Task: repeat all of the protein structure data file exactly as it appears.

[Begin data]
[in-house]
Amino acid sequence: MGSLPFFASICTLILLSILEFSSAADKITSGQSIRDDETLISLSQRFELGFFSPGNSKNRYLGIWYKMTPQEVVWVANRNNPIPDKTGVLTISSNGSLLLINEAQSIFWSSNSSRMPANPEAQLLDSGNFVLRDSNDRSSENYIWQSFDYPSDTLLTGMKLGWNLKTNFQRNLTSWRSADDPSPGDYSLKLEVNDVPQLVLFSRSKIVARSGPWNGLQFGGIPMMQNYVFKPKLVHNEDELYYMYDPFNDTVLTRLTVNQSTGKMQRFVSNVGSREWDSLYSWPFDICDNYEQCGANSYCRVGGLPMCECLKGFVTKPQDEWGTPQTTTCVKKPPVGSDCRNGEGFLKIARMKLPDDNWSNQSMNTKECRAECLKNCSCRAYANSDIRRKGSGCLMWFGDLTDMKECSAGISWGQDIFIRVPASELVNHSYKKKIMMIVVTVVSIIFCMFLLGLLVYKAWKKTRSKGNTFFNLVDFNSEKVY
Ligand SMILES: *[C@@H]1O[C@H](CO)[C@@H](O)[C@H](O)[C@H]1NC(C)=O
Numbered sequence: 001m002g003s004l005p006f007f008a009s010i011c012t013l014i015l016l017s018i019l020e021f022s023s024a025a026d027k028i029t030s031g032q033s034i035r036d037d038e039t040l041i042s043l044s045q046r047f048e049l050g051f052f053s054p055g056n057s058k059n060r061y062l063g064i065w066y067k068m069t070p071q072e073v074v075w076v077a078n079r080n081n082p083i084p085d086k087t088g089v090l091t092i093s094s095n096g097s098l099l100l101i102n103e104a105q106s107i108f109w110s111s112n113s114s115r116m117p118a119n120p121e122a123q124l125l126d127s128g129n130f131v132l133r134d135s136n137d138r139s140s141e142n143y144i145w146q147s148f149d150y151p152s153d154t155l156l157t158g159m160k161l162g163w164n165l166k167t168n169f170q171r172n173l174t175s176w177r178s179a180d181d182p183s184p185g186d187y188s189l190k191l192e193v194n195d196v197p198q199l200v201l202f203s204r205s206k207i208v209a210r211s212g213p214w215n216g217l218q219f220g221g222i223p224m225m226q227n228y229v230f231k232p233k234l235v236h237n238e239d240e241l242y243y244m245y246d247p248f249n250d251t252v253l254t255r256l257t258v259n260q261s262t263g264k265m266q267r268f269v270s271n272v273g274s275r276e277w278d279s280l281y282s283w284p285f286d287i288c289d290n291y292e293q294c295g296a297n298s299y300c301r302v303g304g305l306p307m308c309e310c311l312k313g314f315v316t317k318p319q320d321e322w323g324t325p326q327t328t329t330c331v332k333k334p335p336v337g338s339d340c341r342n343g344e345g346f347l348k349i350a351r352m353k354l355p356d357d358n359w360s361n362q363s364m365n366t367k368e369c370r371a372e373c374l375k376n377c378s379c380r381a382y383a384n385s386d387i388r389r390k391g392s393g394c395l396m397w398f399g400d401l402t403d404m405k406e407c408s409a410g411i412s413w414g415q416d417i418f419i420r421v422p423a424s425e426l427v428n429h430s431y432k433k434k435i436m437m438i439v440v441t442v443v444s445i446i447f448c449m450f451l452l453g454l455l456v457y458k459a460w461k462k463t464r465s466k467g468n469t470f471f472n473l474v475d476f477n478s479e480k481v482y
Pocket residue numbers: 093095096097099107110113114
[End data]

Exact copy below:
[in-house]
Amino acid sequence: MGSLPFFASICTLILLSILEFSSAADKITSGQSIRDDETLISLSQRFELGFFSPGNSKNRYLGIWYKMTPQEVVWVANRNNPIPDKTGVLTISSNGSLLLINEAQSIFWSSNSSRMPANPEAQLLDSGNFVLRDSNDRSSENYIWQSFDYPSDTLLTGMKLGWNLKTNFQRNLTSWRSADDPSPGDYSLKLEVNDVPQLVLFSRSKIVARSGPWNGLQFGGIPMMQNYVFKPKLVHNEDELYYMYDPFNDTVLTRLTVNQSTGKMQRFVSNVGSREWDSLYSWPFDICDNYEQCGANSYCRVGGLPMCECLKGFVTKPQDEWGTPQTTTCVKKPPVGSDCRNGEGFLKIARMKLPDDNWSNQSMNTKECRAECLKNCSCRAYANSDIRRKGSGCLMWFGDLTDMKECSAGISWGQDIFIRVPASELVNHSYKKKIMMIVVTVVSIIFCMFLLGLLVYKAWKKTRSKGNTFFNLVDFNSEKVY
Ligand SMILES: *[C@@H]1O[C@H](CO)[C@@H](O)[C@H](O)[C@H]1NC(C)=O
Numbered sequence: 001m002g003s004l005p006f007f008a009s010i011c012t013l014i015l016l017s018i019l020e021f022s023s024a025a026d027k028i029t030s031g032q033s034i035r036d037d038e039t040l041i042s043l044s045q046r047f048e049l050g051f052f053s054p055g056n057s058k059n060r061y062l063g064i065w066y067k068m069t070p071q072e073v074v075w076v077a078n079r080n081n082p083i084p085d086k087t088g089v090l091t092i093s094s095n096g097s098l099l100l101i102n103e104a105q106s107i108f109w110s111s112n113s114s115r116m117p118a119n120p121e122a123q124l125l126d127s128g129n130f131v132l133r134d135s136n137d138r139s140s141e142n143y144i145w146q147s148f149d150y151p152s153d154t155l156l157t158g159m160k161l162g163w164n165l166k167t168n169f170q171r172n173l174t175s176w177r178s179a180d181d182p183s184p185g186d187y188s189l190k191l192e193v194n195d196v197p198q199l200v201l202f203s204r205s206k207i208v209a210r211s212g213p214w215n216g217l218q219f220g221g222i223p224m225m226q227n228y229v230f231k232p233k234l235v236h237n238e239d240e241l242y243y244m245y246d247p248f249n250d251t252v253l254t255r256l257t258v259n260q261s262t263g264k265m266q267r268f269v270s271n272v273g274s275r276e277w278d279s280l281y282s283w284p285f286d287i288c289d290n291y292e293q294c295g296a297n298s299y300c301r302v303g304g305l306p307m308c309e310c311l312k313g314f315v316t317k318p319q320d321e322w323g324t325p326q327t328t329t330c331v332k333k334p335p336v337g338s339d340c341r342n343g344e345g346f347l348k349i350a351r352m353k354l355p356d357d358n359w360s361n362q363s364m365n366t367k368e369c370r371a372e373c374l375k376n377c378s379c380r381a382y383a384n385s386d387i388r389r390k391g392s393g394c395l396m397w398f399g400d401l402t403d404m405k406e407c408s409a410g411i412s413w414g415q416d417i418f419i420r421v422p423a424s425e426l427v428n429h430s431y432k433k434k435i436m437m438i439v440v441t442v443v444s445i446i447f448c449m450f451l452l453g454l455l456v457y458k459a460w461k462k463t464r465s466k467g468n469t470f471f472n473l474v475d476f477n478s479e480k481v482y
Pocket residue numbers: 093095096097099107110113114